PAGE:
In this time of turmoil, I wonder what attracts people to the Church.  And for all our good works and carefully prepared liturgies, it still comes down to one thing — the person of ¬≠Jesus Christ.  

This week we give thanks for those who share His story: our catechists and our teachers. 

I believe faith develops differently in a person’s mind then when I was growing up.

For me, there was no separation of Christ and the Church. And while many of my friends did not attend Church, it was only the wild-eyed and, I thought, purposefully obtuse people who would deny God. It is not that unbelief was an option I rejected; it was impossible for me to fathom. And ultimately, I am grateful for that sturdy and ardent faith in God which, of course, matured, was challenged, but has only grown stronger.

Some families and some places might be like that to this day, but it is not the sense I get from my parish. People in my parish are challenged by unbelief all the time. I was confident that my beliefs were held by a vast majority of those I knew and my faithfulness, although perhaps not emulated by all, was respected. Now nothing is taken for granted and practicing our faith is popularly challenged.

People today will have to make a decision about Jesus; whether He matters or not, whether He is Lord or not.  And our catechists, both for children, youth and adults, are the critical interface with Christ. And this indeed is our greatest hope for the good news of Jesus Christ is all we have to rely upon. We trust in it because ultimately we know that humans were meant and even built to receive this good word and to thrive with it. 

Therefore, the catechist is not just a teacher but a witness. All Christians are called not just to tell the story of Christ, but to be Christ. Pope Paul VI caught the modern thought well when he said in Evangelii Nuntiandi, “Modern man listens more willingly to witnesses more than teachers, and if they do listen to teachers, it is because they are witnesses.”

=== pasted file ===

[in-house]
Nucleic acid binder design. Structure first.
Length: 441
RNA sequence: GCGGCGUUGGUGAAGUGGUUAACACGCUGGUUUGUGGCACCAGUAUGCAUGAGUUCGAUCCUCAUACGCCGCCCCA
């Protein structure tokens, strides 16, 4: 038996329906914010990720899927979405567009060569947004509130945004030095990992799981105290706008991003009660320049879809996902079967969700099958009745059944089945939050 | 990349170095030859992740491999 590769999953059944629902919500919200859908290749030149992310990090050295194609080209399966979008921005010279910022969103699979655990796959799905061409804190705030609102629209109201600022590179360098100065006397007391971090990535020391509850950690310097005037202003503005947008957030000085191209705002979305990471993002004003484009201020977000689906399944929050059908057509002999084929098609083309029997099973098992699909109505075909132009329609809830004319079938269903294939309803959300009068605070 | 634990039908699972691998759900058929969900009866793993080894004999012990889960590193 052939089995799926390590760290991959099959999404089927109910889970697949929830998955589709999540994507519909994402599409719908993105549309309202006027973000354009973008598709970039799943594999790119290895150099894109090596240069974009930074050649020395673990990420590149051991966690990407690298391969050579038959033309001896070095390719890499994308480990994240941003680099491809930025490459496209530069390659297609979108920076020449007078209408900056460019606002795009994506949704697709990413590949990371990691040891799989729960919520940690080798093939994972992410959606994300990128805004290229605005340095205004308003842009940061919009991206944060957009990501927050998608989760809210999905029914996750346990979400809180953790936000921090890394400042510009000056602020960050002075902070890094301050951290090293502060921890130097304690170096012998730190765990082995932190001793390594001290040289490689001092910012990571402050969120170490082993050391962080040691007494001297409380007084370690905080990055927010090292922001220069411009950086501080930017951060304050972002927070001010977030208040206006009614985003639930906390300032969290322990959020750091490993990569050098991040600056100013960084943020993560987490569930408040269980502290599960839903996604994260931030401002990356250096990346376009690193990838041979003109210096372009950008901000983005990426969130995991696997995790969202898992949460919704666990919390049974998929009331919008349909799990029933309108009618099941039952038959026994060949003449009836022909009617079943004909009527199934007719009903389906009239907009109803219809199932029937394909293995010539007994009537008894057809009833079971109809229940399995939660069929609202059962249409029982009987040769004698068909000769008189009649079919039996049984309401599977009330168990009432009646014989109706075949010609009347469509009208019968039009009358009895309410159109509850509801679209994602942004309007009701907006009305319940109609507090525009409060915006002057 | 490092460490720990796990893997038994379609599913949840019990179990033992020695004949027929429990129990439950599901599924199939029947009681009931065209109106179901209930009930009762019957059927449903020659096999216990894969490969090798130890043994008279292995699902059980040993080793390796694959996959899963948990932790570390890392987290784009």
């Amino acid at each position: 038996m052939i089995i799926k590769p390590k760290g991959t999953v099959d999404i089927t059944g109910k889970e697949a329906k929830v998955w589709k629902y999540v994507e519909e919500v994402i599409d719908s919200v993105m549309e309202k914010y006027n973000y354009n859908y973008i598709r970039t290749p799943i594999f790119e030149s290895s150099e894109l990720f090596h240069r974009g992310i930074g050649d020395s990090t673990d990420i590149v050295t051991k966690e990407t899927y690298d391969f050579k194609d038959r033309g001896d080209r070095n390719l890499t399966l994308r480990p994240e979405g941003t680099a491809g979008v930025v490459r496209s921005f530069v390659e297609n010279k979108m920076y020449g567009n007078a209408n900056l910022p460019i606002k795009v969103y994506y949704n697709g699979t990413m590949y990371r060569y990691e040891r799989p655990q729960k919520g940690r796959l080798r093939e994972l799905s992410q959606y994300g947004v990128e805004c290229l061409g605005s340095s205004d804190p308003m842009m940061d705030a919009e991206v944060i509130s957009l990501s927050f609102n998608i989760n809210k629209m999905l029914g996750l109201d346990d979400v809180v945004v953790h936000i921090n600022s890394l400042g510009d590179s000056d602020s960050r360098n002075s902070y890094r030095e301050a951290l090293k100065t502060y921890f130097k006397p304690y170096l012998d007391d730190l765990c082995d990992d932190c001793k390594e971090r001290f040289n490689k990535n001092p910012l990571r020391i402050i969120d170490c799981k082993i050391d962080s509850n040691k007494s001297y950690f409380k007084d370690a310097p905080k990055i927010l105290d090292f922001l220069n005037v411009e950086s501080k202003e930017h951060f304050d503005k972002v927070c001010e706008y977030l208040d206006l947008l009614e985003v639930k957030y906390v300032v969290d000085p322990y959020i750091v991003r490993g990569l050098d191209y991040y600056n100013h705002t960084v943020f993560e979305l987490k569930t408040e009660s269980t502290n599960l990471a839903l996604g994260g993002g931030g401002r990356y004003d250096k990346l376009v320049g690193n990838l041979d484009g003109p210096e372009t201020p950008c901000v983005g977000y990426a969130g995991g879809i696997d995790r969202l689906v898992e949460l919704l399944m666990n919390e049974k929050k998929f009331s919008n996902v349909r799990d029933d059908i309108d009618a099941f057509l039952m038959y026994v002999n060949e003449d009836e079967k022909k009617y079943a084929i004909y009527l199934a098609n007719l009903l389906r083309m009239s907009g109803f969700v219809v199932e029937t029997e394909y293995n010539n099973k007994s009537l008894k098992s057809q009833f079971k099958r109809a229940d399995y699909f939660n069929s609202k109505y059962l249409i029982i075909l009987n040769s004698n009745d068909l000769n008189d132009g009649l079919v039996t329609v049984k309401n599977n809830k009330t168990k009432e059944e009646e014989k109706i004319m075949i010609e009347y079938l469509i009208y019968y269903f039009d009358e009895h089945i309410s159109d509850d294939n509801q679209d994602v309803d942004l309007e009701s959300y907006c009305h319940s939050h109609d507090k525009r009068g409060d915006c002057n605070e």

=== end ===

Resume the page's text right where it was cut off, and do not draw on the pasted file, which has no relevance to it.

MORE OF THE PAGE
A catechist is a Christian who shares a living faith in the Lord. It is a faith grounded in the Church and supplemented by materials that help to explain it. But no lesson plan, no textbook can replace the joy of a believer, the smile as they unveil another truth of Christ or the energy and passion their faith supplies. The catechist’s doorway is an invitation to fall in love with Jesus Christ; to desire to follow Him.

As Bishop Edward B. Scharfenberger reminds us, we are rooted in a personal relationship with Jesus.  We do not put faith in a “religion” but in a person. Then our Catholicism unfolds the story and draws us closer to the Lord. But I think before anyone makes a decision about the Church, they will first make a decision about Jesus Christ and there we must be laser-focused.

When others are seeking the truth about our Church in this time of turmoil, when they strain to see the light that comes forth, we have one place to point, one person from which the light emanates:  This year, let us lift the name of Jesus on high!

Rev. Robert Longobucco is Vicar General, collaborating with Rev. David LeFort, also Vicar General, to provide expanded support for parishes; Vicar for Catholic Faith Formation and Education and pastor of St. Kateri Tekakwitha Parish, Schenectady.